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Rally time? Some think so, but be careful

Traders work on the floor of the New York Stock Exchange.
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Traders work on the floor of the New York Stock Exchange.

Rally time? Some think so, but be careful.

Gee, suddenly some formerly gloomy traders are talking sunshine.

It's easy to understand why. The S&P is up 5.2 percent since bottoming intraday on Thursday. Financials have climbed 7.5 percent. Oil has risen 12.1 percent. Other commodities have rallied.

But is this THE bottom for the year, or even a bottom for a few weeks? Making that kind of call seems premature. We are on the verge of our first three-day rally of the year. You'd think we could at least wait a few days before getting exuberant.

But some aren't waiting. Rich Ross, an ISI technical analyst, said Wednesday morning, "the lows for the year are not in, but they are for now. The S&P should test 1,950 at a minimum with upside to 2,000 - 2,037 from there."

The Piper Jaffray technical analysis team added, "From a price action perspective, most of the popular averages have successfully retested recent lows, and appear poised to extend the ongoing relief rally ... We reiterate our secular bull market view and our YE target on the SPX of 2,350."

Behind all this is the simple fear that the market now moves so fast that an entire year's gain could be achieved in a matter of a few days, and that waiting patiently no longer works — on the upside or the downside.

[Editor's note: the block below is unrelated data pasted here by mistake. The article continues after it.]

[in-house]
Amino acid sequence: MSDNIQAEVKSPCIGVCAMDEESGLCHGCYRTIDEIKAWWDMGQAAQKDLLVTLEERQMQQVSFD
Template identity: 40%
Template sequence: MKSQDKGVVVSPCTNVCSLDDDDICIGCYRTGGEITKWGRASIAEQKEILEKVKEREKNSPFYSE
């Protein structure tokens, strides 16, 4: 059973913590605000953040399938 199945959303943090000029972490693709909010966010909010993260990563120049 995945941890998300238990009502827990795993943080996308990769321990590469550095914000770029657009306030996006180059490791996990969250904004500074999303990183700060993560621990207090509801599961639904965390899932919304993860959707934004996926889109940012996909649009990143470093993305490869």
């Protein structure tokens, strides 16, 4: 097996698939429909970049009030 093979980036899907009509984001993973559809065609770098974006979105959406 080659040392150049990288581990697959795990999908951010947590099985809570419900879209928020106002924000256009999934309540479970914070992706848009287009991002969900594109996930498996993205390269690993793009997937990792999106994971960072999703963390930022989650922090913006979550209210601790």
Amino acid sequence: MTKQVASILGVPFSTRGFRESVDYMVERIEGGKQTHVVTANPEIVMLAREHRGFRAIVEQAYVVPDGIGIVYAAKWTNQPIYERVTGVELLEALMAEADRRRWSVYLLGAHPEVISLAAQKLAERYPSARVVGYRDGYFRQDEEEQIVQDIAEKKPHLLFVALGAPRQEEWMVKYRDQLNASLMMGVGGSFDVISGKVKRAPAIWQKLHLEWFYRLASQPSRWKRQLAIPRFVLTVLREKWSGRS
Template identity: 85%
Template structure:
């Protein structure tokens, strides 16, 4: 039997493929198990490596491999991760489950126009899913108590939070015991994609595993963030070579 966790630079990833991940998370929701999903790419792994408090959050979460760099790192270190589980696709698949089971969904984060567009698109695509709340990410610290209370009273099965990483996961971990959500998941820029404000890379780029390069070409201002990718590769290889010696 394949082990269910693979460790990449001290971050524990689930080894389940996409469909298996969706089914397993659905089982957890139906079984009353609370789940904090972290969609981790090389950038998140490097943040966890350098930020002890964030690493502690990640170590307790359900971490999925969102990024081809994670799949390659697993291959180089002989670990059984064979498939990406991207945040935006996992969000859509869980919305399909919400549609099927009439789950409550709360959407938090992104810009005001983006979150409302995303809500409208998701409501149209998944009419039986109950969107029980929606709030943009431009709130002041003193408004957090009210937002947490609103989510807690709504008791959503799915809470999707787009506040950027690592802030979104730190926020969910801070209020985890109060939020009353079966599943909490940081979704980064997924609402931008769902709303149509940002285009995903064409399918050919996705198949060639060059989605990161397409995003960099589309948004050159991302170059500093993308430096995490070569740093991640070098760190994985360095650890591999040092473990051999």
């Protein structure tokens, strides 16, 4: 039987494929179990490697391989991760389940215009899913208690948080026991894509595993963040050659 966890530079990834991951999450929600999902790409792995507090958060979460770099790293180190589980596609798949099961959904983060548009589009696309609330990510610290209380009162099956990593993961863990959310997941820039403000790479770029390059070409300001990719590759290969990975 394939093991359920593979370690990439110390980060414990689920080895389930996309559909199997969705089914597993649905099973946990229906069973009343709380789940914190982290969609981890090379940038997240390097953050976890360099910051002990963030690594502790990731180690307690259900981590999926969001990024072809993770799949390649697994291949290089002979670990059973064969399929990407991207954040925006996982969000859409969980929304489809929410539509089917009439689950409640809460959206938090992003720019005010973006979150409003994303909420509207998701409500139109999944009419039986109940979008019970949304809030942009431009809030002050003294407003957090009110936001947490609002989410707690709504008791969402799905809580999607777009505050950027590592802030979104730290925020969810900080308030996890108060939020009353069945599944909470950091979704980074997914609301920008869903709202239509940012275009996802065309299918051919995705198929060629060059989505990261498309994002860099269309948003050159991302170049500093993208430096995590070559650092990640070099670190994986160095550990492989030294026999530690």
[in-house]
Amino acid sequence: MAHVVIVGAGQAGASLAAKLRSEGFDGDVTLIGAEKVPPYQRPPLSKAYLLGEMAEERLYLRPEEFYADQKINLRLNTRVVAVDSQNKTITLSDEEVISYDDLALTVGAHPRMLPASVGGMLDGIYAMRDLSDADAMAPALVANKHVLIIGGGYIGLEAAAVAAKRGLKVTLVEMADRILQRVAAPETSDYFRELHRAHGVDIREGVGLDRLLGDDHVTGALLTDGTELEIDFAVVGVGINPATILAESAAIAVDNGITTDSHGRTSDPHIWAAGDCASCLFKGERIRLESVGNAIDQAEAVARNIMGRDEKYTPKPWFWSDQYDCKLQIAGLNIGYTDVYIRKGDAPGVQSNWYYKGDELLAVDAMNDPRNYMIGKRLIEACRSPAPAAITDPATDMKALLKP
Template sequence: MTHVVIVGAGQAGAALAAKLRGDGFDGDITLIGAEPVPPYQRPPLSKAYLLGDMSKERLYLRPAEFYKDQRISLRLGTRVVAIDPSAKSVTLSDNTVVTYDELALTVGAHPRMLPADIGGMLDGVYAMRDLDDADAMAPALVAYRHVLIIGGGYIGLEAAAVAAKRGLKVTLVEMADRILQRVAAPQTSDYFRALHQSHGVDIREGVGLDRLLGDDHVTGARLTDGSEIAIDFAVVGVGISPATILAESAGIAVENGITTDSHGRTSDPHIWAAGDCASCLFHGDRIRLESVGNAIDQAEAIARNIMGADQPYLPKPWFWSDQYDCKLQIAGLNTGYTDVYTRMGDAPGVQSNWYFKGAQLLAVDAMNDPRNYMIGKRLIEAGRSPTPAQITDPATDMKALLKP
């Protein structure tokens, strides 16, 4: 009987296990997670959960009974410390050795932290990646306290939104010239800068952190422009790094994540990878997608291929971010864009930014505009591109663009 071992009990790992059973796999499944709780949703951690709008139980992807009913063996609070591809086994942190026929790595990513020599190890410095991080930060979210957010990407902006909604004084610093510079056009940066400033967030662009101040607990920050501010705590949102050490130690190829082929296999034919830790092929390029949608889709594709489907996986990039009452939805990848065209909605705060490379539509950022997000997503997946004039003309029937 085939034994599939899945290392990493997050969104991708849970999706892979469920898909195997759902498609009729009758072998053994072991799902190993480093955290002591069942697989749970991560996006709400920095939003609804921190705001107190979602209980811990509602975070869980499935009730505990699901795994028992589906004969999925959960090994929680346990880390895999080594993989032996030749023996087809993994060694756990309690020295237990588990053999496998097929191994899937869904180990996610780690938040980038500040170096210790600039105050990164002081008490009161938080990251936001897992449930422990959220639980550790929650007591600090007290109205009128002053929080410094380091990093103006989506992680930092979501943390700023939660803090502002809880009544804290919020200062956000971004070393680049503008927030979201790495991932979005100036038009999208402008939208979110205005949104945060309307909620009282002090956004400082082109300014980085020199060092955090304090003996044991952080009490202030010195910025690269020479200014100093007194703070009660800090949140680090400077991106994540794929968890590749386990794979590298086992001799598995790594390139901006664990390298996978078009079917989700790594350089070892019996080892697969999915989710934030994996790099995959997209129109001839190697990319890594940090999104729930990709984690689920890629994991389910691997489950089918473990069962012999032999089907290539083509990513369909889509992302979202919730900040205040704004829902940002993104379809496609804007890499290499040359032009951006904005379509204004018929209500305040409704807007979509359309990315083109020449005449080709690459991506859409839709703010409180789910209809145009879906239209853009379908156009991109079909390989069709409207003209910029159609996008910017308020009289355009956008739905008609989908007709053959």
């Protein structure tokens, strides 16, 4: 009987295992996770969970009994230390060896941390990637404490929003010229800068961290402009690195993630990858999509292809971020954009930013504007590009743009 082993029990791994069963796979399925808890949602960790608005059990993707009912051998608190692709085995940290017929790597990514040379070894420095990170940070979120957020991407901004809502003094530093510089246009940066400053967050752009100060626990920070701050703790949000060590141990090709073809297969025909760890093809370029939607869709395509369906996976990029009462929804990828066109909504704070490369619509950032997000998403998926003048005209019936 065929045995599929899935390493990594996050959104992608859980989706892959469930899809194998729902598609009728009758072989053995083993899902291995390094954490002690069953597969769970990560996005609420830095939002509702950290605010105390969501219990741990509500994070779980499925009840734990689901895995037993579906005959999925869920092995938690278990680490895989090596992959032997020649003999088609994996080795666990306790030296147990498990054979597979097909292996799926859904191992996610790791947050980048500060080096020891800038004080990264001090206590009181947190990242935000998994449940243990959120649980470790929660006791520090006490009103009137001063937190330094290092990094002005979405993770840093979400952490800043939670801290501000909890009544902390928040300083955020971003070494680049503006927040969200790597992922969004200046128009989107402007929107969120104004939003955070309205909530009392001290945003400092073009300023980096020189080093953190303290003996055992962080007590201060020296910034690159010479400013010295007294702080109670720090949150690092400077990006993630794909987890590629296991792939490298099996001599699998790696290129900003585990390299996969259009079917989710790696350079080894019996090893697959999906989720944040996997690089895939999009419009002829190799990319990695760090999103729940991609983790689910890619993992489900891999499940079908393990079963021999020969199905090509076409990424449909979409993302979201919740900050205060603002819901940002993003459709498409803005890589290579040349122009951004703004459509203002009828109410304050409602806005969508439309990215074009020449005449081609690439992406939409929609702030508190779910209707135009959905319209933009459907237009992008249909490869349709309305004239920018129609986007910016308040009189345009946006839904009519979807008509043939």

MKM Partners Derivatives Strategist Jim Strugger expressed this worry Wednesday.

"On the risk side, not until VIX has declined below 20 and the futures curve has returned much of the way to a trough contango will we be satisfied that this shock has subsided. By then equities could be sharply higher," Strugger said.

In plain English, he is saying, "If I wait for the market to calm down by watching short-term volatility, the market will be much higher and it will be too late for us to get in."

This sense of panic — on the upside and the downside — is now a common condition. It's an anxiety disorder peculiar to the trading community.

Regardless, the bullishness is confined to a few, for the moment. Much more typical is this comment from Miller Tabak's Matt Maley: "What we're saying is that the bounce thus far has been good, but we'll have to see more evidence before we can confirm that its 'quality' is compelling."

Lowry, the oldest technical analysis service in the country, went bearish back in August and has also cautioned its readers about the current rally.

"While buying has been strong over the past couple of sessions, the probabilities are this rebound will be measured in days rather than weeks," Lowry said.

If that doesn't convince you to be cautious, remember this old trader saw, oft-repeated by UBS' Art Cashin.

"Bear market rallies are short, sharp and die on low volume."

Volume was lower yesterday than Friday, and looks to be lower today than yesterday.

  • Bob Pisani

    A CNBC reporter since 1990, Bob Pisani covers Wall Street from the floor of the New York Stock Exchange.

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